The film, mostly through interviews with his family and his manager, show us the Paul that they knew, not the one the public knew. The film shows how he helped not only family and friends through hard times but also did humanitarian aid in places like Haiti, where Paul led a team to help after a massive earthquake. Paul as did a lot of work with ocean and shark conservation as friends talk about how he thought about quitting acting and becoming a marine biologist. Paul had a daughter out of wedlock with a longtime girlfriend, Rebecca When the mother of his child wanted to get away from Hollywood, he paid so she and Paul’s daughter Meadow could move to Hawaii and paid for Rebecca to go to college to become a teacher. The film shows us that the last couple of years of his life, Meadow came to live with him, and it’s evident through his actions that these were some of the happiest times of Paul’s life.

We learn a couple of interesting facts from the film. At one point Paul was the leading candidate for the role of Superman in the 2000 film ‘Superman Returns.’ He called up his manager at a costume fitting for the film and told him that the part wasn’t for him (the part eventually wen to Brandon Routh). Due to the death of his grandfather, Paul turned down a cameo in the third Fast and Furious film. Vin Diesel got the cameo and because he made a deal, controlled the Furious franchise after that. We will always wonder if Paul had done the role, what would the franchise been like with Paul in control.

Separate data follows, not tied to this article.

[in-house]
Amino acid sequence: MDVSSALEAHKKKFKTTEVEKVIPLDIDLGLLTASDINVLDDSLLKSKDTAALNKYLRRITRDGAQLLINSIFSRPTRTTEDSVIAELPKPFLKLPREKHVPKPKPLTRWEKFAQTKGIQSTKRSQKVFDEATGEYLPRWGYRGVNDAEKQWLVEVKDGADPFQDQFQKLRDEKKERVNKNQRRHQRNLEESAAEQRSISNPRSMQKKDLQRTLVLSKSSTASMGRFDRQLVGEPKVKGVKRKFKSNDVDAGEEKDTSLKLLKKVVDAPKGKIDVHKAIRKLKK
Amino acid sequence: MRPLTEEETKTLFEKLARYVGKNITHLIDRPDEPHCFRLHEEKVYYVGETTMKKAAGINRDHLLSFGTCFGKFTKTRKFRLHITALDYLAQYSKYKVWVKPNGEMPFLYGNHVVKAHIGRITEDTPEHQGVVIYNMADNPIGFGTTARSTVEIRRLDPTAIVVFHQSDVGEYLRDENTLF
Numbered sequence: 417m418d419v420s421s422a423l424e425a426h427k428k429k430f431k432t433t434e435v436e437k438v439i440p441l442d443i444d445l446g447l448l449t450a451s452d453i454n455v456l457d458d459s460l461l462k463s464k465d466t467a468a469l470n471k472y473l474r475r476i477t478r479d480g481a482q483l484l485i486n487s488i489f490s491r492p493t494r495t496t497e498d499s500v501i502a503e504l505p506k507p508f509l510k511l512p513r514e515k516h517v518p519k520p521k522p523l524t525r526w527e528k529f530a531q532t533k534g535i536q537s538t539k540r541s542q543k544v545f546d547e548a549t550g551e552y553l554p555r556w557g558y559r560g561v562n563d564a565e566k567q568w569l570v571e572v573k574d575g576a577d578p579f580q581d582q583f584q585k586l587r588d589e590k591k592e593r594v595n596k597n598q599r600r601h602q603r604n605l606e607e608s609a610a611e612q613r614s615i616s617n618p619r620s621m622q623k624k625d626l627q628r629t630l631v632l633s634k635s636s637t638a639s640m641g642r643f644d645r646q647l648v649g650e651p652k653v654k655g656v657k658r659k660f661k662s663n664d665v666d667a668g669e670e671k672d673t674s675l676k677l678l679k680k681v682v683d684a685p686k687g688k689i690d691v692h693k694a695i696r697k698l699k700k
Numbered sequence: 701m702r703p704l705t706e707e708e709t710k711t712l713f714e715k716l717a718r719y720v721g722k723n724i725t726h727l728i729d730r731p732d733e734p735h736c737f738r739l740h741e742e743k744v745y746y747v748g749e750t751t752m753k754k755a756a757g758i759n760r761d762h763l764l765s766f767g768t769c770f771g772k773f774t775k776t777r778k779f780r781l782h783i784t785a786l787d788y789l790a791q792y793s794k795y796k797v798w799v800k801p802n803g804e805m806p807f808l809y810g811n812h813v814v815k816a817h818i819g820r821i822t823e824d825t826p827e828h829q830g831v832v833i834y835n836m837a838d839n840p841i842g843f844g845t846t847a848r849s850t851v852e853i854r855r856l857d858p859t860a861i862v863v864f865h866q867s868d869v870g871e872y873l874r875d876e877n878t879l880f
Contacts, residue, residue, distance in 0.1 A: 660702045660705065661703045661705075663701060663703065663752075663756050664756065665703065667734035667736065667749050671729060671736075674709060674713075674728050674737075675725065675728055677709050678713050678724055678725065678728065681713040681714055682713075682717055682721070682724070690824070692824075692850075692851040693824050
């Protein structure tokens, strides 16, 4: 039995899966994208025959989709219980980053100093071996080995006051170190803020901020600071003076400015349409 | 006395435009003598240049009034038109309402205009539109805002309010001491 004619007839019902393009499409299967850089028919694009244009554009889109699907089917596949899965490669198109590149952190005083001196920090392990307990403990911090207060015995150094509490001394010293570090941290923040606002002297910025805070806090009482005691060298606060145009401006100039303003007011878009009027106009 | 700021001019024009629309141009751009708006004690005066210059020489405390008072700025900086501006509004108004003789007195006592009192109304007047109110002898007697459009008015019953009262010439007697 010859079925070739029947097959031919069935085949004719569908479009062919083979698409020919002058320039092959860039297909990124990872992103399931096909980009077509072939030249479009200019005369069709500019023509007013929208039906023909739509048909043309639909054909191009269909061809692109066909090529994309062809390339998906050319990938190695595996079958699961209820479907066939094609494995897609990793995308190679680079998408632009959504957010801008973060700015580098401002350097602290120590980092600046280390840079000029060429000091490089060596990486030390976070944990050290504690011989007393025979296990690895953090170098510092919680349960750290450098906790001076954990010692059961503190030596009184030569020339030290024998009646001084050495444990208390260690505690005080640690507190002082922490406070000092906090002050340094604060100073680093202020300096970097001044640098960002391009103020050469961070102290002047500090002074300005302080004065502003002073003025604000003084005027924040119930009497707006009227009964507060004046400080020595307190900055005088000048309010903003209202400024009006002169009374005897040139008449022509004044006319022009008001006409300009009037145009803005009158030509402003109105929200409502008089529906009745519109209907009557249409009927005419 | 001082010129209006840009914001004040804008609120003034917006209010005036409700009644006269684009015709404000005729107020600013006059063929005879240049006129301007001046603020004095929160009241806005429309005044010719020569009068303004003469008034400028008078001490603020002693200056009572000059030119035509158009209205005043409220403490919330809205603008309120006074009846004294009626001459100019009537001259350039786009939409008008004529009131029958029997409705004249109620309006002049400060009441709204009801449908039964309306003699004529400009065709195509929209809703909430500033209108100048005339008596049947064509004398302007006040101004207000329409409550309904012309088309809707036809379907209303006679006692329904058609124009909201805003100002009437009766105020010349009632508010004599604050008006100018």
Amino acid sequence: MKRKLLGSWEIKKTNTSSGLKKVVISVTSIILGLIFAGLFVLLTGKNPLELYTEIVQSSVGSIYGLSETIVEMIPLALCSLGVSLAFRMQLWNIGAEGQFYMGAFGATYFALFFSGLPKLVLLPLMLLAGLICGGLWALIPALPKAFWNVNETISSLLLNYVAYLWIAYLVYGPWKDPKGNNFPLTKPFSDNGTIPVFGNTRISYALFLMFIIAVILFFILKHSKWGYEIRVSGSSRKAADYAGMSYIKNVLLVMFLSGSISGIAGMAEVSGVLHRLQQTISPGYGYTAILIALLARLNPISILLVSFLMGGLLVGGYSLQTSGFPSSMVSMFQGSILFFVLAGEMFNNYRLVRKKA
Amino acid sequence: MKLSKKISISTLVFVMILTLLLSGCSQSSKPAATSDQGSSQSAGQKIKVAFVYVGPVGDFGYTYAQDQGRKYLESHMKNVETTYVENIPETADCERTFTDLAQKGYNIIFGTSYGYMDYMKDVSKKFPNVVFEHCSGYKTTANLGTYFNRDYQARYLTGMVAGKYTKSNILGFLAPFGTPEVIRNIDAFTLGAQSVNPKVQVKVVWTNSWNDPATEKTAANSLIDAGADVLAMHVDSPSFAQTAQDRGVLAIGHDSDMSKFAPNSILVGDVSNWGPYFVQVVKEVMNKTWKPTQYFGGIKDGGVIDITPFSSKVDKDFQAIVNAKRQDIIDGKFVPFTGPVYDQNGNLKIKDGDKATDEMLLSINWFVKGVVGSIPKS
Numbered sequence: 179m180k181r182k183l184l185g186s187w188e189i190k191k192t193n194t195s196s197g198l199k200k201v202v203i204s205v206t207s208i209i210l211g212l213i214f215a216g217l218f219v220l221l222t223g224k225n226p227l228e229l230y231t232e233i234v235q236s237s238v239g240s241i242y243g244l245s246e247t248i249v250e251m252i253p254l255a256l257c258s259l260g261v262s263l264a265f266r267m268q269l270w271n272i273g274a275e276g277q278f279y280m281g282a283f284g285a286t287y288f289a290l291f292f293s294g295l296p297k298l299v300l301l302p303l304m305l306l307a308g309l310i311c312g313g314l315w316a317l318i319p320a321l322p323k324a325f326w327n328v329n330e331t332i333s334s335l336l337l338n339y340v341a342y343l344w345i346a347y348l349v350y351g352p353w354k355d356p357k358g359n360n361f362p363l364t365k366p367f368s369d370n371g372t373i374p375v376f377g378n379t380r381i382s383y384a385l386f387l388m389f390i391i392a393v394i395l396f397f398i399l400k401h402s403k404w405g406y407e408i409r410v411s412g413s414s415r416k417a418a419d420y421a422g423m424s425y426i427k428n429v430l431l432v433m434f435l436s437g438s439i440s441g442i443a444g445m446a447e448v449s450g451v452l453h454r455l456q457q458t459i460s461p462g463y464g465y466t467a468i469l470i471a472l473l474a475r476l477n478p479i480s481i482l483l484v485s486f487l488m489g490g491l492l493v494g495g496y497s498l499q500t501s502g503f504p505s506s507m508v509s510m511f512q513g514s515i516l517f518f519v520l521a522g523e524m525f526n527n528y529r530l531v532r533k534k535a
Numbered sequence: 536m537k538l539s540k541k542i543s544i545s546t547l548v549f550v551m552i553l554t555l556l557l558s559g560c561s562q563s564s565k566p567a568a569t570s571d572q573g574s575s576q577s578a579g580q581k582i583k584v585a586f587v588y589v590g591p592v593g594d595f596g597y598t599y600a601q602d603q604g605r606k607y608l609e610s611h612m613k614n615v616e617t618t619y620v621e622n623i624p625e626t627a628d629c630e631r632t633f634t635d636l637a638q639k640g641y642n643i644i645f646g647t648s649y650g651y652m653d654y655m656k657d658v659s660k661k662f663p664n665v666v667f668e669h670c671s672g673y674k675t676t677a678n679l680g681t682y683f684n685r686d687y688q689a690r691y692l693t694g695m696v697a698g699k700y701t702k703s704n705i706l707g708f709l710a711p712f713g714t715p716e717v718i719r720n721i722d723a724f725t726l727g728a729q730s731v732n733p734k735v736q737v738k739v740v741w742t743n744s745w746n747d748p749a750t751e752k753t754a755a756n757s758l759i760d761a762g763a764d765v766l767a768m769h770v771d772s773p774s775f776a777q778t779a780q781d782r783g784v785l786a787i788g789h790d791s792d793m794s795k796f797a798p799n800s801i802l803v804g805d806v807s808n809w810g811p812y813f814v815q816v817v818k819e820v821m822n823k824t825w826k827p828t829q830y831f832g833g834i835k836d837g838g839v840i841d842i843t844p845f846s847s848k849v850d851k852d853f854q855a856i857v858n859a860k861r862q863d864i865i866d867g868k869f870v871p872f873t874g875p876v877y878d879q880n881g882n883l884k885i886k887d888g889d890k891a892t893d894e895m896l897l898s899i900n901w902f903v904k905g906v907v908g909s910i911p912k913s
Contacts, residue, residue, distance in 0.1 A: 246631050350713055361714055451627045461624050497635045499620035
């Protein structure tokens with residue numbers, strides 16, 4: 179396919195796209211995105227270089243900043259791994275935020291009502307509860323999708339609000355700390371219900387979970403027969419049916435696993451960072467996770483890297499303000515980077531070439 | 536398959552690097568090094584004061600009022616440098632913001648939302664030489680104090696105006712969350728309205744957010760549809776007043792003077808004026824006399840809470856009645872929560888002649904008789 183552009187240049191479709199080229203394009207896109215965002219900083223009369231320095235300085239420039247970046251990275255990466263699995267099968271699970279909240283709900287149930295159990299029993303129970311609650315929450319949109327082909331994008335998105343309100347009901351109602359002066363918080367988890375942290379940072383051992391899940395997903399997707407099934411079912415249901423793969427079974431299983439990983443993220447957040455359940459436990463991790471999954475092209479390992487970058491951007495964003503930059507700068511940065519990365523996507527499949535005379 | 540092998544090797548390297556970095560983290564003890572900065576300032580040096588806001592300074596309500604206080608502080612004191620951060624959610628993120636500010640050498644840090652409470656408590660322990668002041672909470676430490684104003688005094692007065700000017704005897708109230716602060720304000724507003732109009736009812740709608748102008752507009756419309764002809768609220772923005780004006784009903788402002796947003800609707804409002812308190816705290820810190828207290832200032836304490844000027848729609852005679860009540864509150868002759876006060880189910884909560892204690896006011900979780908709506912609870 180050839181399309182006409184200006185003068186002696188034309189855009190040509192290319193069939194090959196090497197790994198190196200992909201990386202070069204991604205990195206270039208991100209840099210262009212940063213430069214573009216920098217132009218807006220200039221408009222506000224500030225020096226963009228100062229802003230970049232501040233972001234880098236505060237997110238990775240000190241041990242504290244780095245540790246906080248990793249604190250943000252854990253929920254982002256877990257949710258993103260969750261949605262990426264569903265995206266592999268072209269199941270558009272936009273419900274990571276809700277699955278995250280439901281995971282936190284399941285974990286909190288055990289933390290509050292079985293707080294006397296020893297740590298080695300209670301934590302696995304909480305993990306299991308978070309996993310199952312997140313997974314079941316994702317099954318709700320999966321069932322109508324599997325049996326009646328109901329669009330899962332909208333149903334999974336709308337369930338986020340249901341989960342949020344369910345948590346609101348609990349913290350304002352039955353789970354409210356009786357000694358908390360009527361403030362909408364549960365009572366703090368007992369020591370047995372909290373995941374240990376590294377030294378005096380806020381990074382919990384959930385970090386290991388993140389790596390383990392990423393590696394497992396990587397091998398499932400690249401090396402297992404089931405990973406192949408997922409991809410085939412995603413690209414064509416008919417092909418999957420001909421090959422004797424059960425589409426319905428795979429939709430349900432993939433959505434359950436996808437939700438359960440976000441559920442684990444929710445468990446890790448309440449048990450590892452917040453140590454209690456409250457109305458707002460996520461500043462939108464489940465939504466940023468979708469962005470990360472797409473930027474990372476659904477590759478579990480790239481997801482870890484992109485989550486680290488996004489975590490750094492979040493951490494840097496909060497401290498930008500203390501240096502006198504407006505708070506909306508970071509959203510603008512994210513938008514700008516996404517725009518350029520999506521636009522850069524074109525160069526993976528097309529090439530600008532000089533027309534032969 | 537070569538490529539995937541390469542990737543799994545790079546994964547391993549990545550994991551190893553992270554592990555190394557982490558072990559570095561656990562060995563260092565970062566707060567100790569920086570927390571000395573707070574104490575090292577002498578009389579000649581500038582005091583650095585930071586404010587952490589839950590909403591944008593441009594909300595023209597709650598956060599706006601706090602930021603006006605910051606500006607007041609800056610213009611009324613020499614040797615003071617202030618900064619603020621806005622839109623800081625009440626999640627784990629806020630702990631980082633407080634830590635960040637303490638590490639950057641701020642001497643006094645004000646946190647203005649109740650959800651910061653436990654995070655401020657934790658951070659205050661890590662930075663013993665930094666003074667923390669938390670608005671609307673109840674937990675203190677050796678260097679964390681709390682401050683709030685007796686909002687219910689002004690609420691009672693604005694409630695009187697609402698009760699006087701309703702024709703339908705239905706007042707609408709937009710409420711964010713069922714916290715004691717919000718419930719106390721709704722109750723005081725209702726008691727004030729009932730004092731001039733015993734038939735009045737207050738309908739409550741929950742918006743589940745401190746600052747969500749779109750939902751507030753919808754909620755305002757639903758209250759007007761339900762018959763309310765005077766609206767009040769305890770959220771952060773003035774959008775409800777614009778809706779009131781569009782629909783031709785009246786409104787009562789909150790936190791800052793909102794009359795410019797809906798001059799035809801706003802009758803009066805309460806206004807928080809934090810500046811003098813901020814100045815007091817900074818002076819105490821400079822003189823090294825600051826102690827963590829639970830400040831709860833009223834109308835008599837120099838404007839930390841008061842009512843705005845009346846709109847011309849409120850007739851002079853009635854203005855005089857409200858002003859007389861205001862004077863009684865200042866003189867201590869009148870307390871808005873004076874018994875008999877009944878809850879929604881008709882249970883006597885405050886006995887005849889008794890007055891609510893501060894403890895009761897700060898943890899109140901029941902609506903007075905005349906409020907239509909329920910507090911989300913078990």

There is one major hole in this documentary, only Tyrese Gibson is interviewed from the Fast and Furious films. Why people like Vin Diesel, who was the godfather of Paul’s daughter and Michelle Rodriguez, who came to the Walker home after Paul’s death were not interviewed for the film is a mystery.

The last ten minutes of the film is about the accident that caused Paul’s death. It’s a tough ten minutes to watch as family and friends relive that fateful day, and nothing is mentioned about the lawsuits that the family filed against the driver of the car and the car manufacturer.

Fans of Paul are going to enjoy ‘I Am Paul Walker, ‘a moving tribute to a man who loved life and was taken from us much too soon.

I Am Paul Walker Revie

My Rating: Bargain Matinee

Mike’s Movie Ratings from best to worst:

1). I Would Pay to See it Again
2). Full Price
3). Bargain Maintee
4). Cable
5). You Would Have to Pay Me to See it Again